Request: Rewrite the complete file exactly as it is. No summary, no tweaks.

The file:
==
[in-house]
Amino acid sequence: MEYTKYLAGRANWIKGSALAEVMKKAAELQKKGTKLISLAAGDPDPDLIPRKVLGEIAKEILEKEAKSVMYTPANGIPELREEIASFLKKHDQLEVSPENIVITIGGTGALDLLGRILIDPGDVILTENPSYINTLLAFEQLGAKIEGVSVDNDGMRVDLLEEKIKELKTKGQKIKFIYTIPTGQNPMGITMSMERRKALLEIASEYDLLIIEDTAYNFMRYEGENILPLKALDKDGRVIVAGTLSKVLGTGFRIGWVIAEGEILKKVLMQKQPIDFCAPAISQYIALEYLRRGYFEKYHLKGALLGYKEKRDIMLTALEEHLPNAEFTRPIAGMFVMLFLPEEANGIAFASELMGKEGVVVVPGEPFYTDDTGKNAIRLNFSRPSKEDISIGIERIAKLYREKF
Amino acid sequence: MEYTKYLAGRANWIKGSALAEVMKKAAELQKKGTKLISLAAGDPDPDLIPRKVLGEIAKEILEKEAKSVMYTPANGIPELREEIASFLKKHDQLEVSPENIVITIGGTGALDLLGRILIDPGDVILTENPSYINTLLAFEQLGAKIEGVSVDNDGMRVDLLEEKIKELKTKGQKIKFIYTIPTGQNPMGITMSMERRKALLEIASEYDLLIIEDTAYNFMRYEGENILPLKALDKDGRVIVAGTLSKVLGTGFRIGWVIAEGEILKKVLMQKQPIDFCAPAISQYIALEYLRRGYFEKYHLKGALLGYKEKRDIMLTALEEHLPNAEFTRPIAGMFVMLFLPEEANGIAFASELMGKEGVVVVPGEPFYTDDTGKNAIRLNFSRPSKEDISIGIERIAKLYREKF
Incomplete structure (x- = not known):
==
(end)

[in-house]
Amino acid sequence: MEYTKYLAGRANWIKGSALAEVMKKAAELQKKGTKLISLAAGDPDPDLIPRKVLGEIAKEILEKEAKSVMYTPANGIPELREEIASFLKKHDQLEVSPENIVITIGGTGALDLLGRILIDPGDVILTENPSYINTLLAFEQLGAKIEGVSVDNDGMRVDLLEEKIKELKTKGQKIKFIYTIPTGQNPMGITMSMERRKALLEIASEYDLLIIEDTAYNFMRYEGENILPLKALDKDGRVIVAGTLSKVLGTGFRIGWVIAEGEILKKVLMQKQPIDFCAPAISQYIALEYLRRGYFEKYHLKGALLGYKEKRDIMLTALEEHLPNAEFTRPIAGMFVMLFLPEEANGIAFASELMGKEGVVVVPGEPFYTDDTGKNAIRLNFSRPSKEDISIGIERIAKLYREKF
Amino acid sequence: MEYTKYLAGRANWIKGSALAEVMKKAAELQKKGTKLISLAAGDPDPDLIPRKVLGEIAKEILEKEAKSVMYTPANGIPELREEIASFLKKHDQLEVSPENIVITIGGTGALDLLGRILIDPGDVILTENPSYINTLLAFEQLGAKIEGVSVDNDGMRVDLLEEKIKELKTKGQKIKFIYTIPTGQNPMGITMSMERRKALLEIASEYDLLIIEDTAYNFMRYEGENILPLKALDKDGRVIVAGTLSKVLGTGFRIGWVIAEGEILKKVLMQKQPIDFCAPAISQYIALEYLRRGYFEKYHLKGALLGYKEKRDIMLTALEEHLPNAEFTRPIAGMFVMLFLPEEANGIAFASELMGKEGVVVVPGEPFYTDDTGKNAIRLNFSRPSKEDISIGIERIAKLYREKF
Incomplete structure (x- = not known):